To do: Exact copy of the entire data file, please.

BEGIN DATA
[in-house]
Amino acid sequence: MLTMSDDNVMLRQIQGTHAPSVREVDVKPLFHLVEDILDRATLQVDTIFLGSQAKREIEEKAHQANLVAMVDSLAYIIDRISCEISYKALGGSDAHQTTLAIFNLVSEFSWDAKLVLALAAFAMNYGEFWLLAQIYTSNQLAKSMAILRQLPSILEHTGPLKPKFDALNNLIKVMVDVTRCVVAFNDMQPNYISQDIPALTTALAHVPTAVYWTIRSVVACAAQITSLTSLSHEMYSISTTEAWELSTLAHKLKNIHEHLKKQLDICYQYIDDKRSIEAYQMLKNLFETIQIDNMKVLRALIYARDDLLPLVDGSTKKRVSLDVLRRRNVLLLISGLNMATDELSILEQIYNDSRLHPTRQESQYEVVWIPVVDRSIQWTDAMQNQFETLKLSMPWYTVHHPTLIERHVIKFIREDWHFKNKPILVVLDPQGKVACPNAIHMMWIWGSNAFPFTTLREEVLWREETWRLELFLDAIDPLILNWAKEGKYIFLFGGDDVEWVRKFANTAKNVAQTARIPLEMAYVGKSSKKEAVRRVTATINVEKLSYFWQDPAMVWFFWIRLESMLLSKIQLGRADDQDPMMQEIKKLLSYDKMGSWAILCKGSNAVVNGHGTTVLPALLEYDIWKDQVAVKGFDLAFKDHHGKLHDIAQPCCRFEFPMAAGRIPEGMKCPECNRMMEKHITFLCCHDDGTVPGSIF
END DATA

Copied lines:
[in-house]
Amino acid sequence: MLTMSDDNVMLRQIQGTHAPSVREVDVKPLFHLVEDILDRATLQVDTIFLGSQAKREIEEKAHQANLVAMVDSLAYIIDRISCEISYKALGGSDAHQTTLAIFNLVSEFSWDAKLVLALAAFAMNYGEFWLLAQIYTSNQLAKSMAILRQLPSILEHTGPLKPKFDALNNLIKVMVDVTRCVVAFNDMQPNYISQDIPALTTALAHVPTAVYWTIRSVVACAAQITSLTSLSHEMYSISTTEAWELSTLAHKLKNIHEHLKKQLDICYQYIDDKRSIEAYQMLKNLFETIQIDNMKVLRALIYARDDLLPLVDGSTKKRVSLDVLRRRNVLLLISGLNMATDELSILEQIYNDSRLHPTRQESQYEVVWIPVVDRSIQWTDAMQNQFETLKLSMPWYTVHHPTLIERHVIKFIREDWHFKNKPILVVLDPQGKVACPNAIHMMWIWGSNAFPFTTLREEVLWREETWRLELFLDAIDPLILNWAKEGKYIFLFGGDDVEWVRKFANTAKNVAQTARIPLEMAYVGKSSKKEAVRRVTATINVEKLSYFWQDPAMVWFFWIRLESMLLSKIQLGRADDQDPMMQEIKKLLSYDKMGSWAILCKGSNAVVNGHGTTVLPALLEYDIWKDQVAVKGFDLAFKDHHGKLHDIAQPCCRFEFPMAAGRIPEGMKCPECNRMMEKHITFLCCHDDGTVPGSIF